Haring, Keith

Haring, Keith

(hâr`ĭng), 1958–90, American artist, b. Kutztown, Pa. He moved to New York City in 1975 and studied at the School of Visual Arts (1978–79). Fascinated with the 1970s graffiti artists, Haring soon joined them in the subways, and his chalked drawings on station advertising boards became underground icons—cheerful, boldly outlined, cartoonlike figures surrounded by kinetic lines suggesting movement or, in the case of his trademark "radiant baby," a kind of holy light. During the 1980s his brand of second-generation pop artpop art,
movement that restored realism to avant-garde art; it first emerged in Great Britain at the end of the 1950s as a reaction against the seriousness of abstract expressionism.
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, with its exuberantly charming images, reached a broad public as fine art in paintings and prints and commercially on T-shirts, watches, and other products, many of which were sold at his New York Pop Shop. He also created murals, stage sets, and sculpture. When Haring discovered (1988) that he had AIDSAIDS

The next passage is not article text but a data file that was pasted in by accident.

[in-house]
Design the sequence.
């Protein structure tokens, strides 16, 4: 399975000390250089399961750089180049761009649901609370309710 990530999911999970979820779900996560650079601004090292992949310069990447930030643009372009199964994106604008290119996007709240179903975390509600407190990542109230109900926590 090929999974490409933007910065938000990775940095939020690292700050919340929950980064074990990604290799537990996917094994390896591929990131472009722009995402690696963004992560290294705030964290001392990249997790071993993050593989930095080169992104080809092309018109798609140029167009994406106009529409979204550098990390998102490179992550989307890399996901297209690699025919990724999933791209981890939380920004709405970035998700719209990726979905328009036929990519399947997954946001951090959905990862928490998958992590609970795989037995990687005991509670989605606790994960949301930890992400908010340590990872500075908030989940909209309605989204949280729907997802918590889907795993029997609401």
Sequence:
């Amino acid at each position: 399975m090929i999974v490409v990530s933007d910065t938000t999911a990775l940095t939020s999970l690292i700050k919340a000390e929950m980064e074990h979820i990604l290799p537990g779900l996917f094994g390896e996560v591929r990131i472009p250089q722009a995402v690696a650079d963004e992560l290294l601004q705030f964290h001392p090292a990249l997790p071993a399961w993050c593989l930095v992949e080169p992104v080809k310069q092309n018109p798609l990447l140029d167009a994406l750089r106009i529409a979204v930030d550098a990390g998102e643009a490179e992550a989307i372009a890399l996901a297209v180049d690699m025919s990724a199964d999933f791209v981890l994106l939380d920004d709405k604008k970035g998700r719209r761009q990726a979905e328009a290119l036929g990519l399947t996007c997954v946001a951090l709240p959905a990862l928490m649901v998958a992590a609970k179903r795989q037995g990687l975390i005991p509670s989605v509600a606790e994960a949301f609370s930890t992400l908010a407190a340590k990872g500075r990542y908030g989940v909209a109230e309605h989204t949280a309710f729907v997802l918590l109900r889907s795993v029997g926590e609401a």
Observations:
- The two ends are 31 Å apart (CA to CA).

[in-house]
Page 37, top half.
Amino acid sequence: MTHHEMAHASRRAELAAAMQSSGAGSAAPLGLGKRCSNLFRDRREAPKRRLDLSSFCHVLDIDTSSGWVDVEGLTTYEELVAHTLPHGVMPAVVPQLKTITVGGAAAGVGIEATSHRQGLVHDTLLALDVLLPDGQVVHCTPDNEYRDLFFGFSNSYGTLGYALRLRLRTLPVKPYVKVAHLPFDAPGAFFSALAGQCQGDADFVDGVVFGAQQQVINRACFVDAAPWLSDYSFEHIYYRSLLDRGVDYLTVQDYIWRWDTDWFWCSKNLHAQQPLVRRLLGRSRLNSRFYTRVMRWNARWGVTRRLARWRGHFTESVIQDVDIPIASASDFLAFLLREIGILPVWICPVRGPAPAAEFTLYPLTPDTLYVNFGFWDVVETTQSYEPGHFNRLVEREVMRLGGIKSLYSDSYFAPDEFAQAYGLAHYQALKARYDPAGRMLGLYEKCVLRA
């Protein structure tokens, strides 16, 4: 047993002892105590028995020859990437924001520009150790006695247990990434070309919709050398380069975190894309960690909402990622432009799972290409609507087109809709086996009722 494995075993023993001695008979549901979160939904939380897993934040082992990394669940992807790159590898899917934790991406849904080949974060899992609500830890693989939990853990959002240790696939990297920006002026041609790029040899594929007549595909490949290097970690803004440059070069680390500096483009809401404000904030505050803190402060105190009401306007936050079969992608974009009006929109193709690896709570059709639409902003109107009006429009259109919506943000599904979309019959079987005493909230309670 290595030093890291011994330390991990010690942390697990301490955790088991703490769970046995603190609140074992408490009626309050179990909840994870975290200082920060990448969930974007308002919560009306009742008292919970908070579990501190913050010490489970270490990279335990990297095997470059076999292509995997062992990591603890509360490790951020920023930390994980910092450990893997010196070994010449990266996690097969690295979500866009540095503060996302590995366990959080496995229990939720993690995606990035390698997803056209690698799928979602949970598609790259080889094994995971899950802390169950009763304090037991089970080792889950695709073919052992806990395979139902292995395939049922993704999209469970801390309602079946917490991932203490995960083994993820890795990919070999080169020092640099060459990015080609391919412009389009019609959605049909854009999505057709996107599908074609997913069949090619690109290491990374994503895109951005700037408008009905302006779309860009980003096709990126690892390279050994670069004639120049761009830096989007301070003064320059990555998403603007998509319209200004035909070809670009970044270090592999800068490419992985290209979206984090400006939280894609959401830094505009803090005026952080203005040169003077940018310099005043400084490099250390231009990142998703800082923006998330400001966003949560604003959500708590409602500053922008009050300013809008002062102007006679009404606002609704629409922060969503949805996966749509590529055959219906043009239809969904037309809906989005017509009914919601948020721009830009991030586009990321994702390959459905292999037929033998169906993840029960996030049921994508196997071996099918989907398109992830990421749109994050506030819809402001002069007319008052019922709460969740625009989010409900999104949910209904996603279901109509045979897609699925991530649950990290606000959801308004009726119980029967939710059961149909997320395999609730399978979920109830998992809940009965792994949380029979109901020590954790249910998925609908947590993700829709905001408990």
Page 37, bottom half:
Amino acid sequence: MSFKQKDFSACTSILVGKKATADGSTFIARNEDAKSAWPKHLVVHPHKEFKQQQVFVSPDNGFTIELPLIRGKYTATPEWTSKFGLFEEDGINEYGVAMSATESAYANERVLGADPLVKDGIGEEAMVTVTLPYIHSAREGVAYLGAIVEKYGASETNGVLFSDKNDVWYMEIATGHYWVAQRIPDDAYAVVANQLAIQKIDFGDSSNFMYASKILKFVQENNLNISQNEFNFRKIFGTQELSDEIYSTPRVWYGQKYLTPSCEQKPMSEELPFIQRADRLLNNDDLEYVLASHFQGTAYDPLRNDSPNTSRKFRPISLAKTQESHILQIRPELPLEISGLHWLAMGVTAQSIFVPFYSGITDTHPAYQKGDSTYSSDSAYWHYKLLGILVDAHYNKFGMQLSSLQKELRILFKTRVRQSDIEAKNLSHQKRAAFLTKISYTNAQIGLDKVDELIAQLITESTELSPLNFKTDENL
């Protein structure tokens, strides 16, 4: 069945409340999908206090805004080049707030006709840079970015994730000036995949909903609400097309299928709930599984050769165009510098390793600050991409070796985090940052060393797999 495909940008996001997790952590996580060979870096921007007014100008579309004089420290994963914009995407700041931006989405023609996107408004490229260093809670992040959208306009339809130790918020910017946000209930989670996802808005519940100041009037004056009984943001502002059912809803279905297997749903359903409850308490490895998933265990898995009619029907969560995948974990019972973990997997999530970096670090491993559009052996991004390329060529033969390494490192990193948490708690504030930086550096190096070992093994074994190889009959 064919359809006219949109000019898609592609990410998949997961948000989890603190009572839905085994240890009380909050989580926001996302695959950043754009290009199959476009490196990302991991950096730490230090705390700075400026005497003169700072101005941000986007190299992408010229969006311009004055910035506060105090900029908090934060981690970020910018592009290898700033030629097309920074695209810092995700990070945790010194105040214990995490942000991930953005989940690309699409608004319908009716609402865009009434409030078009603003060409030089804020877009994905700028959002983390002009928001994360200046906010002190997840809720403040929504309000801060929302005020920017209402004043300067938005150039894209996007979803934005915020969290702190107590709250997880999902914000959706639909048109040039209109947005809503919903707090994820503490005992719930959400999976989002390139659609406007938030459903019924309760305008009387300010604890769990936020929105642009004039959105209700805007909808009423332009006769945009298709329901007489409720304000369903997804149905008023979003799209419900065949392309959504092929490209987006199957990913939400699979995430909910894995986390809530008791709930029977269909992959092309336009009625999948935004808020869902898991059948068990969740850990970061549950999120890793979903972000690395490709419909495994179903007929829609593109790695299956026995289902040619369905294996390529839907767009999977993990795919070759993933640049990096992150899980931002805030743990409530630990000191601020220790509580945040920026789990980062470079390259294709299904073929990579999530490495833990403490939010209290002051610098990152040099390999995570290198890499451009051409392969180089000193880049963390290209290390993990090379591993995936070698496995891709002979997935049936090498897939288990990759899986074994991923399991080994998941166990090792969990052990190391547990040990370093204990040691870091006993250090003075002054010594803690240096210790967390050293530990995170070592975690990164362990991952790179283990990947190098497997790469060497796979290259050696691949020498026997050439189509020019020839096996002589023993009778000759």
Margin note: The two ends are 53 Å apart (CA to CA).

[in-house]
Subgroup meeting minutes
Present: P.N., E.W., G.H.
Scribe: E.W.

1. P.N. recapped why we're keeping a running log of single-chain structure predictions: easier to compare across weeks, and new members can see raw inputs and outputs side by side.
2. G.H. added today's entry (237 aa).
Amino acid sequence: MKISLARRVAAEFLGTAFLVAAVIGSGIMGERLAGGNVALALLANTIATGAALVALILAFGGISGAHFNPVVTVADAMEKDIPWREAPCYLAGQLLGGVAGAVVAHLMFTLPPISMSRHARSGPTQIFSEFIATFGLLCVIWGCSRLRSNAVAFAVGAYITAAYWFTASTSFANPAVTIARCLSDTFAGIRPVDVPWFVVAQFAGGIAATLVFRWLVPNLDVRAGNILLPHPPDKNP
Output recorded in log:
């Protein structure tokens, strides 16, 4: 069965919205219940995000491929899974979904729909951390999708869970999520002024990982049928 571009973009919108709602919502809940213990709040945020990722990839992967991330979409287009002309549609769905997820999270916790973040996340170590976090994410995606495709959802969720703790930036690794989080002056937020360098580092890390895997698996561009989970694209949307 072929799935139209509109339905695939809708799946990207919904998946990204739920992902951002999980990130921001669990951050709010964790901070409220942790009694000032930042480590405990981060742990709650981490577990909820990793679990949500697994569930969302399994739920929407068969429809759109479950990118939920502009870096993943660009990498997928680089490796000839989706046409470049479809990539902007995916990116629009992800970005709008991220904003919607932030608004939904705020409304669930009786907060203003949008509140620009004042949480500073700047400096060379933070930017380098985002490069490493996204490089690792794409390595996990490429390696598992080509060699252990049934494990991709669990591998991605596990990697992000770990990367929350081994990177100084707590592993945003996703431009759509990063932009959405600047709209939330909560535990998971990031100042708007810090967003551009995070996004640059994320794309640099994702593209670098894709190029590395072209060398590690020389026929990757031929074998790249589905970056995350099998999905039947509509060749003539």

or acquired immunodeficiency syndrome,
fatal disease caused by a rapidly mutating retrovirus that attacks the immune system and leaves the victim vulnerable to infections, malignancies, and neurological disorders. It was first recognized as a disease in 1981.
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 he turned much of his artistic attention to educational works about the dangers of the disease.

Bibliography

See biography by J. Gruen (1991); study by E. Sussman et al. (1997).

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References in periodicals archive ?
(15.) Haring, Keith, Keith Haring Journals, Kindle Edition (New York: Penguin, 2010), Sept.